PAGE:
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Saturday, October 13, 2007

Reading List: Rubicon

Holland, Tom. Rubicon. London: Abacus, 2003. ISBN 0-349-11563-X.
Such is historical focus on the final years of the Roman Republic and the emergence of the Empire that it's easy to forget that the Republic survived for more than four and a half centuries prior to the chaotic events beginning with Caesar's crossing the Rubicon which precipitated its transformation into a despotism, preserving the form but not the substance of the republican institutions. When pondering analogies between Rome and present-day events, it's worth keeping in mind that representative self-government in Rome endured about twice as long as the history of the United States to date. This superb history recounts the story of the end of the Republic, placing the events in historical context and, to an extent I have never encountered in any other work, allowing the reader to perceive the personalities involved and their actions through the eyes and cultural assumptions of contemporary Romans, which were often very different from those of people today.

The author demonstrates how far-flung territorial conquests and the obligations they imposed, along with the corrupting influence of looted wealth flowing into the capital, undermined the institutions of the Republic which had, after all, evolved to govern just a city-state and limited surrounding territory. Whether a republican form of government could work on a large scale was a central concern of the framers of the U.S. Constitution, and this narrative graphically illustrates why their worries were well-justified and raises the question of whether a modern-day superpower can resist the same drift toward authoritarian centralism which doomed consensual government in Rome.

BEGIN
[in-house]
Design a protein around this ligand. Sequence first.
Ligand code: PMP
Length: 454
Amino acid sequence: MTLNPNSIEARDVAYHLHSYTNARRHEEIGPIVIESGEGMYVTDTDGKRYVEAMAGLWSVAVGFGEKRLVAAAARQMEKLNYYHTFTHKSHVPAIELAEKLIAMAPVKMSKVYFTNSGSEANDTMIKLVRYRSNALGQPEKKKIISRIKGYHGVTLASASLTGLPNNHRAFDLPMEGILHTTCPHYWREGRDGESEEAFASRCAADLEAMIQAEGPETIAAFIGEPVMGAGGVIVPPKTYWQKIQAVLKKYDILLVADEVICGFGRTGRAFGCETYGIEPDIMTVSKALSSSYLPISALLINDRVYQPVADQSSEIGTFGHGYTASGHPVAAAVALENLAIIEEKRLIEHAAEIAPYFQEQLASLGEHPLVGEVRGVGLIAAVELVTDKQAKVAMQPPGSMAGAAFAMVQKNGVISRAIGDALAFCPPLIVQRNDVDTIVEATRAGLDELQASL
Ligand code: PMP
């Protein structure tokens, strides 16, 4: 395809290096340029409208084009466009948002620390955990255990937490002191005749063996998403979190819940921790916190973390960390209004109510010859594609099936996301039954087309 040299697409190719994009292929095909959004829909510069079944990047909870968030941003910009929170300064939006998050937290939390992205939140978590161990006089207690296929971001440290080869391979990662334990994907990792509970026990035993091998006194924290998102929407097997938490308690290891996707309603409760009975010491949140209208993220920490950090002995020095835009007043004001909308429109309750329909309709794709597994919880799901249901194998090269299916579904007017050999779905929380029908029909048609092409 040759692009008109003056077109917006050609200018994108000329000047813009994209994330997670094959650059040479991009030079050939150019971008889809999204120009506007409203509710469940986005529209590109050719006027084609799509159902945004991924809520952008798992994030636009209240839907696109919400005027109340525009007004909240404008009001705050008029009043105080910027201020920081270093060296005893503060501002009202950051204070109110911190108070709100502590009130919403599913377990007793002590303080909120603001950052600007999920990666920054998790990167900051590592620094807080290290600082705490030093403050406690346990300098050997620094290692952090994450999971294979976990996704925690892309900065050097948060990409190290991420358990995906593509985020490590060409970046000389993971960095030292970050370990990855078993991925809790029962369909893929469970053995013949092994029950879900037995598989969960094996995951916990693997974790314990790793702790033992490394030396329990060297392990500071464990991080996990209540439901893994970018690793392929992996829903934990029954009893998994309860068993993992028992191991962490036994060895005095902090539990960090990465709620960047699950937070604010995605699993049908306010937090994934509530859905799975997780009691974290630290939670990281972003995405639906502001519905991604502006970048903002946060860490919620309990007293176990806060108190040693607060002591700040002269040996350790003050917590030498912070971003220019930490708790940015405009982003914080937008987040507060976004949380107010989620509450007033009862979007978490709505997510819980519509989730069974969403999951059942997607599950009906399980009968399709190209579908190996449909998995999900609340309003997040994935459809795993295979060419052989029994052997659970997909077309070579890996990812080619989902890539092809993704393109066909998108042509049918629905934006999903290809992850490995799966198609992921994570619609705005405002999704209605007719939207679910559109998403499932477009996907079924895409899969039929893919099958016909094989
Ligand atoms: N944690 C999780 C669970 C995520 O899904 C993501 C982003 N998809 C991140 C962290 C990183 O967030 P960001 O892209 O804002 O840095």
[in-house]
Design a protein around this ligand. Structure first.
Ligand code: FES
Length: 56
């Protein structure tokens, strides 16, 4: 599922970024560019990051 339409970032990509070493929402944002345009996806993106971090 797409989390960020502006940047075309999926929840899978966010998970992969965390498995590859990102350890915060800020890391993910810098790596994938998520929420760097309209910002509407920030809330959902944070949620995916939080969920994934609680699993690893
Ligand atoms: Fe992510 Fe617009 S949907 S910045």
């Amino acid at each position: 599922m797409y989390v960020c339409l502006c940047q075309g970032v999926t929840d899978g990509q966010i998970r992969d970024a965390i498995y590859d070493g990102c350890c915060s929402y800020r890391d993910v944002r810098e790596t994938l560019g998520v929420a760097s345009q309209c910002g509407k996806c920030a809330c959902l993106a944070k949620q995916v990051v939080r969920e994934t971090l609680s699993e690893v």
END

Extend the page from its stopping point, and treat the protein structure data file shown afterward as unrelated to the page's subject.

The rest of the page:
The author leaves such inference and speculation to the reader. Apart from a few comments in the preface, he simply recounts the story of Rome as it happened and doesn't draw lessons from it for the present. And the story he tells is gripping; it may be difficult to imagine, but this work of popular history reads like a thriller (I mean that entirely as a compliment—historical integrity is never sacrificed in the interest of storytelling), and he makes the complex and often contradictory characters of figures such as Sulla, Cato, Cicero, Mark Antony, Pompey, and Marcus Brutus come alive and the shifting alliances among them comprehensible. Source citations are almost entirely to classical sources although, as the author observes, ancient sources, though often referred to as primary, are not necessarily so: for example, Plutarch was born 90 years after the assassination of Caesar. A detailed timeline lists events from the foundation of Rome in 753 B.C. through the death of Augustus in A.D. 14.

A U.S. edition is now available.

Posted at October 13, 2007 17:31